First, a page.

President Obama's announced opening to Cuba this week touched off vehement reactions in parts of South Florida's Cuban community. But it also exposed generational rifts that may have put time limits on the political potency of the Cuba issue.
Many in the traditional exile community believe the president caved to the Castro government and gave away much more than the U.S. would receive for opening diplomatic relations and scaling back the embargo.
Lazaro Lozano, center, protests against President Obama's decision to normalize relations between Cuba and the United States while at Versailles Restaurant on Calle Ocho in Miami on Wednesday, Dec. 17, 2014.
President Barack Obama shook up a half-century of U.S.-Cuba relations Wednesday, announcing the two countries had agreed to start normalizing relations. Obama wants to set up an embassy in Havana, loosen travel restrictions and allow more trade between the two countries.
South Florida's Cuban-American delegation in Congress criticized the announcement -- calling Obama the "Appeaser-in-Chief." Protesters shouted down the president in Little Havana.
When I met Mexican telecom tycoon Carlos Slim six years ago, he was the world’s richest man.
Slim, however, wasn’t the world’s most generous giver. He was called the Latin American Scrooge because he’d steered such a relatively small share of his then $65 billion fortune to philanthropic causes. In our interview at his Mexico City office, he said he was correcting that – and he read a passage from “The Prophet” by the Christian philosopher Kahlil Gibran:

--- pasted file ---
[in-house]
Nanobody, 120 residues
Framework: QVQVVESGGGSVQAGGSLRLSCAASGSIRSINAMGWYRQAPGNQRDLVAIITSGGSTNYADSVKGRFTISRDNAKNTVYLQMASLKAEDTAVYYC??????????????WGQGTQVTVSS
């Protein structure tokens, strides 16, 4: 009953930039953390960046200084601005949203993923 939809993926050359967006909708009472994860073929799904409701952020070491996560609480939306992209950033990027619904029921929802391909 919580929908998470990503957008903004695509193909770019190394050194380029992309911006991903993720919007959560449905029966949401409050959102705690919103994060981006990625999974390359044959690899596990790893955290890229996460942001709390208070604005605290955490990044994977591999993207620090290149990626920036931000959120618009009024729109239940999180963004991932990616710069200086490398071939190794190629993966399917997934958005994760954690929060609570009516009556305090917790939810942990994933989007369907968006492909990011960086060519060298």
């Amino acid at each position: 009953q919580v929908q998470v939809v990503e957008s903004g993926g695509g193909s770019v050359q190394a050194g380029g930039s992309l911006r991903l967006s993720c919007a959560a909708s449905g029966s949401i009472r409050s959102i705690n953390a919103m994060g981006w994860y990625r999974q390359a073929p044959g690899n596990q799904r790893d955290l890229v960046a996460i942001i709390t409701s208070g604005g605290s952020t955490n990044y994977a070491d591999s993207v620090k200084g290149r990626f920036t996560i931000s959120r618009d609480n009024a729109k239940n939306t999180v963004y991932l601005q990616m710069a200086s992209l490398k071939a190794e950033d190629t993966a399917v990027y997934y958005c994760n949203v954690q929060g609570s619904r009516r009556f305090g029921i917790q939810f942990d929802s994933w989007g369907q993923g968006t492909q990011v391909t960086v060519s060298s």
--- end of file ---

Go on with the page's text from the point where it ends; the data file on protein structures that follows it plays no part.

“Give now, that the season of giving may be yours and not your inheritors’.”
The most tectonic shift in U.S.-Cuba relations in half a century – and the release of a U.S. citizen from a Cuban prison – were brought about thanks largely to the most famous man in the world (the Pope) and to a man whose identity we may never know.
Originally published on Tue December 16, 2014 9:14 am
Florida Attorney General Pam Bondi filed an emergency petition on Monday seeking to keep the state's ban on gay marriage in place past Jan. 5.
Bondi and attorneys in her office filed the request with U.S. Supreme Court Justice Clarence Thomas. Thomas oversees emergency appeals from Florida, Alabama and Georgia.
The move by Bondi comes after a federal appeals court in Atlanta refused to keep on hold a ruling that declared Florida's ban on gay marriage unconstitutional. That decision brought same-sex weddings one step closer to reality in the state.
An early 18th century cannon was discovered during work on the Miami Harbor Deepening Project. The U.S. Army Corps of Engineers delivered the cannon to the Florida Bureau of Archaeological Research in Tallahassee.
Former Florida Gov. Jeb Bush is basically running for president now, giving him instant frontrunner status and implicitly pressuring other Republicans to decide whether to run for the White House against him in 2016.
“I have decided to actively explore the possibility of running for President of the United States,” the Republican said on Facebook and Twitter Tuesday morning.